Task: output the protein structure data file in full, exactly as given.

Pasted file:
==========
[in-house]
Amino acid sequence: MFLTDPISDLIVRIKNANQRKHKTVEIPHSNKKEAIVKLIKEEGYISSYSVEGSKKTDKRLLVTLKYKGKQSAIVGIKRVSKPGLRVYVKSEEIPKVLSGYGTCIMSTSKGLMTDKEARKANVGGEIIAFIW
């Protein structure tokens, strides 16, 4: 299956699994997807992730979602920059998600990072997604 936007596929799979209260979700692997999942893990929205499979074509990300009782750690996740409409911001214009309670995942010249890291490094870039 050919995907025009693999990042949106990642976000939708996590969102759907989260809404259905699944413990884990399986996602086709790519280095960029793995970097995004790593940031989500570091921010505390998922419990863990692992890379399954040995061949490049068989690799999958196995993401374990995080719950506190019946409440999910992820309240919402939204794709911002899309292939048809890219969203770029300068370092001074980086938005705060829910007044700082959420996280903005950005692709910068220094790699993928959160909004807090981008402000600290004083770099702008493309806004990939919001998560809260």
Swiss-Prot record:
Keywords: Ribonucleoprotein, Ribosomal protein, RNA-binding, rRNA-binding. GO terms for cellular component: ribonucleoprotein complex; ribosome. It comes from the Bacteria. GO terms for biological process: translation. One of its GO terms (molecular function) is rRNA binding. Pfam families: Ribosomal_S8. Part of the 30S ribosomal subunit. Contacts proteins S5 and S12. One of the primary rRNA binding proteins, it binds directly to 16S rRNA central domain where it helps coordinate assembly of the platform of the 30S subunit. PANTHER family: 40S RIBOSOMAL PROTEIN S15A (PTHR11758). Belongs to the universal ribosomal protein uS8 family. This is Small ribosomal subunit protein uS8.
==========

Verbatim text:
[in-house]
Amino acid sequence: MFLTDPISDLIVRIKNANQRKHKTVEIPHSNKKEAIVKLIKEEGYISSYSVEGSKKTDKRLLVTLKYKGKQSAIVGIKRVSKPGLRVYVKSEEIPKVLSGYGTCIMSTSKGLMTDKEARKANVGGEIIAFIW
């Protein structure tokens, strides 16, 4: 299956699994997807992730979602920059998600990072997604 936007596929799979209260979700692997999942893990929205499979074509990300009782750690996740409409911001214009309670995942010249890291490094870039 050919995907025009693999990042949106990642976000939708996590969102759907989260809404259905699944413990884990399986996602086709790519280095960029793995970097995004790593940031989500570091921010505390998922419990863990692992890379399954040995061949490049068989690799999958196995993401374990995080719950506190019946409440999910992820309240919402939204794709911002899309292939048809890219969203770029300068370092001074980086938005705060829910007044700082959420996280903005950005692709910068220094790699993928959160909004807090981008402000600290004083770099702008493309806004990939919001998560809260």
Swiss-Prot record:
Keywords: Ribonucleoprotein, Ribosomal protein, RNA-binding, rRNA-binding. GO terms for cellular component: ribonucleoprotein complex; ribosome. It comes from the Bacteria. GO terms for biological process: translation. One of its GO terms (molecular function) is rRNA binding. Pfam families: Ribosomal_S8. Part of the 30S ribosomal subunit. Contacts proteins S5 and S12. One of the primary rRNA binding proteins, it binds directly to 16S rRNA central domain where it helps coordinate assembly of the platform of the 30S subunit. PANTHER family: 40S RIBOSOMAL PROTEIN S15A (PTHR11758). Belongs to the universal ribosomal protein uS8 family. This is Small ribosomal subunit protein uS8.